Formal recognition of self-care

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Vision in Brief:

Self-care is the true front line in Canadian health care. Canada’s consumer health products industry is encouraging the healthcare sector, governments and other organizations involved in the delivery of healthcare services and products to recognize self-care as a critical component of health care by incorporating self-care initiatives into their policies and activities. When this vision is achieved, consumers will be aware of their self-care options and feel supported in making responsible healthcare choices. In addition, more formal healthcare resources will be opened up to those who need them.

Summary:

Self-care involves the range of activities individuals undertake to enhance health, prevent disease, evaluate symptoms and restore health. These activities are undertaken by lay people on their own behalf, either independently or in collaboration with health professionals. Before they consult with any health professional, enter any walk-in clinic or present to an emergency room, the vast majority of Canadians will have practiced some form of self-care to deal with most health concerns. Canada’s consumer health products industry helps consumers to improve their quality of life by providing them with products, knowledge and programs to stay healthy and play a bigger role in managing their health concerns.

A variety of social and health trends are driving the growing importance of self-care. An aging, better educated population that is living longer and with more chronic conditions will not only require more professional care, but will have a greater role to play in that care as well. There is also strong evidence that Canadians are quite prepared – even eager – to play a greater role in their own health care in general.

To support Canadians’ efforts to practice responsible self-care, the healthcare sector, federal and provincial governments and other organizations involved in the delivery of health care services need to recognise self-care as a pillar of our healthcare system. Initiatives and policies that support Canadians’ ability to practice responsible self-care should be formally incorporated into the strategic goals of every organization involved in healthcare.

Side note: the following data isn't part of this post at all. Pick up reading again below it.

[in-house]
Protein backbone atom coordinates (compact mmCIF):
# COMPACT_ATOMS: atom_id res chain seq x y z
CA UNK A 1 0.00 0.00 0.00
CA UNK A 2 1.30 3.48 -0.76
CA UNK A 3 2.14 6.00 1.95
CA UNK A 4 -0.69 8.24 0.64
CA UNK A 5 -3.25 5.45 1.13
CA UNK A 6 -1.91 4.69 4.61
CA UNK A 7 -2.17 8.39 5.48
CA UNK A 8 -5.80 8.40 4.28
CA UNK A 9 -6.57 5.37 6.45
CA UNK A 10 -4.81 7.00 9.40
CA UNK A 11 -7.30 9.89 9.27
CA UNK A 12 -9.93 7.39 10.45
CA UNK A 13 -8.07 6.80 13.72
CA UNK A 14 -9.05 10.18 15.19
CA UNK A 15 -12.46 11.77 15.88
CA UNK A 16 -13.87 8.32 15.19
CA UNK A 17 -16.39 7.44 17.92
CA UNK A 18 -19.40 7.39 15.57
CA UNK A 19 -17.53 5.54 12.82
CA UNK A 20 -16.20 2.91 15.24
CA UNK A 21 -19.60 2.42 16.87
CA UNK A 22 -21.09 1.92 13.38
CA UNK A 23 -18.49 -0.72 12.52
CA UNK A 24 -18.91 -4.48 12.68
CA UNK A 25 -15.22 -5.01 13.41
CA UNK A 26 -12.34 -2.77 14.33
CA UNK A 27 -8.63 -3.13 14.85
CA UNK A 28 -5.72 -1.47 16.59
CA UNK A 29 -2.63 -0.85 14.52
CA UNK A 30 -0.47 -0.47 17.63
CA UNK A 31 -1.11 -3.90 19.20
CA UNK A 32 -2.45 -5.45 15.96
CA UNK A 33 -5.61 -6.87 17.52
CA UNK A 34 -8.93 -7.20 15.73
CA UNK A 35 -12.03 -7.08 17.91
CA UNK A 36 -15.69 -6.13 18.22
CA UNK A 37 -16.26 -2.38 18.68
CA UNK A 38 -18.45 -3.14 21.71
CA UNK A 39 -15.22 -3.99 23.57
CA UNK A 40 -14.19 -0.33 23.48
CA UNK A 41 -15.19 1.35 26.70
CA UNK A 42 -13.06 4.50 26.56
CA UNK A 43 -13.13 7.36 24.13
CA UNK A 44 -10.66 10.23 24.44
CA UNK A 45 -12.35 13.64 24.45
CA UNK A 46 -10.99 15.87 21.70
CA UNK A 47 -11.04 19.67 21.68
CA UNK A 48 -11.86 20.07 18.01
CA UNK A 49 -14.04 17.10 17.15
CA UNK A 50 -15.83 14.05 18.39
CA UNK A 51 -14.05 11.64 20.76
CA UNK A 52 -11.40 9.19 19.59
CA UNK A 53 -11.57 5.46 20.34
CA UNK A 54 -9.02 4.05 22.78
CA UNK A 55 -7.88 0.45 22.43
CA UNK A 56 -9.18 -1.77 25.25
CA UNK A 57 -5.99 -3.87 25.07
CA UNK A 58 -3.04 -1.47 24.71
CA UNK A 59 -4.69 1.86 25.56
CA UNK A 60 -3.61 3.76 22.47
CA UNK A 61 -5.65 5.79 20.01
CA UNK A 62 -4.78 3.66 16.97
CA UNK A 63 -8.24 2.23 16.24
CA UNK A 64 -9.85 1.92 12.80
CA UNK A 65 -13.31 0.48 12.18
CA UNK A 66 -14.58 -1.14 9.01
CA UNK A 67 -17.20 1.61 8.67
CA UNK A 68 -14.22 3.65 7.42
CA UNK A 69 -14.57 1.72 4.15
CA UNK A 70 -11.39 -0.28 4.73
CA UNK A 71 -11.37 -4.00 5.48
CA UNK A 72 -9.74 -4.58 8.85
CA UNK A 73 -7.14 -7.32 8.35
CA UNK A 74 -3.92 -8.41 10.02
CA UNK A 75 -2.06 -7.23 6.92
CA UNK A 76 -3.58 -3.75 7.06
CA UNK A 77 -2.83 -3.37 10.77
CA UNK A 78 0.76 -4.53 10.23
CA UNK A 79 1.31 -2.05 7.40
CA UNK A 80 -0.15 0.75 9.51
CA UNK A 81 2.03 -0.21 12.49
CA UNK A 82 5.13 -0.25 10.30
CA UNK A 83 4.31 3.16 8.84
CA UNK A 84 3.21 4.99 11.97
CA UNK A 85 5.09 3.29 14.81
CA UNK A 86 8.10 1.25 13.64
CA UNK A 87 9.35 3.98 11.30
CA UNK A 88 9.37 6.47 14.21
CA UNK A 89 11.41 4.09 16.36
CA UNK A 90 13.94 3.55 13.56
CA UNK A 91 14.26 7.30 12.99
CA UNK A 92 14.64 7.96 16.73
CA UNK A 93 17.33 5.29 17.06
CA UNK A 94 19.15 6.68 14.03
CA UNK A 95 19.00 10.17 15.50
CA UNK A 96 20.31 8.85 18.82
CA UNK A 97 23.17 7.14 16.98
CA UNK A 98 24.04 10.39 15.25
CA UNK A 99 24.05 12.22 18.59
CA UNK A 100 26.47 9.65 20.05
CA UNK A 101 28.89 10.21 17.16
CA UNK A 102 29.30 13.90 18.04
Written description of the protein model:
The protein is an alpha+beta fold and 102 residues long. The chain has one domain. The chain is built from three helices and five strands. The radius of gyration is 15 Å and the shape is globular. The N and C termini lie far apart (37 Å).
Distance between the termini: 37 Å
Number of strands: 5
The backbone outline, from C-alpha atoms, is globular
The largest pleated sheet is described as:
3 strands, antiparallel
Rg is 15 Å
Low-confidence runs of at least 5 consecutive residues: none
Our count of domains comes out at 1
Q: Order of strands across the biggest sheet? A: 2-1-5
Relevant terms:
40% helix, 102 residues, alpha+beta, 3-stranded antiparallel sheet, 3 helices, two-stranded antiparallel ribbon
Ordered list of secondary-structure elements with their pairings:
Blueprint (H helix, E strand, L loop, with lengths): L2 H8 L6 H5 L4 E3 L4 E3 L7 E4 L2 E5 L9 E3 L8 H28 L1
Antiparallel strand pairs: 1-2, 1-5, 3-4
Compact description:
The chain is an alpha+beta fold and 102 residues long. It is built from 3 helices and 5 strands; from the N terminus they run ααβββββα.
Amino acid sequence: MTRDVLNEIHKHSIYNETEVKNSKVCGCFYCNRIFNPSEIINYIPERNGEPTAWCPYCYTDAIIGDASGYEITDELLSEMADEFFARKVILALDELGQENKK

Vision in Detail:

Demands on healthcare resources are increasing significantly. The entry of the baby boom generation into late middle age is a major factor in many parts of the world, but especially in North America, given the sheer numbers involved: in 2009, Canada saw the proportion of its population over age 65 double by comparison to post-war levels. Advances in medical technology are another significant factor as they are creating high social expectations of the healthcare system. Advanced diagnostic and therapeutic technologies have had not only dramatic impacts on health outcomes but also on the cost of care. Providing broad access to these technologies (everything from MRIs to medicines) will increasingly strain public purses as both the individual costs of the services and the number of people who can benefit from them rise faster than the broader economy and population, respectively.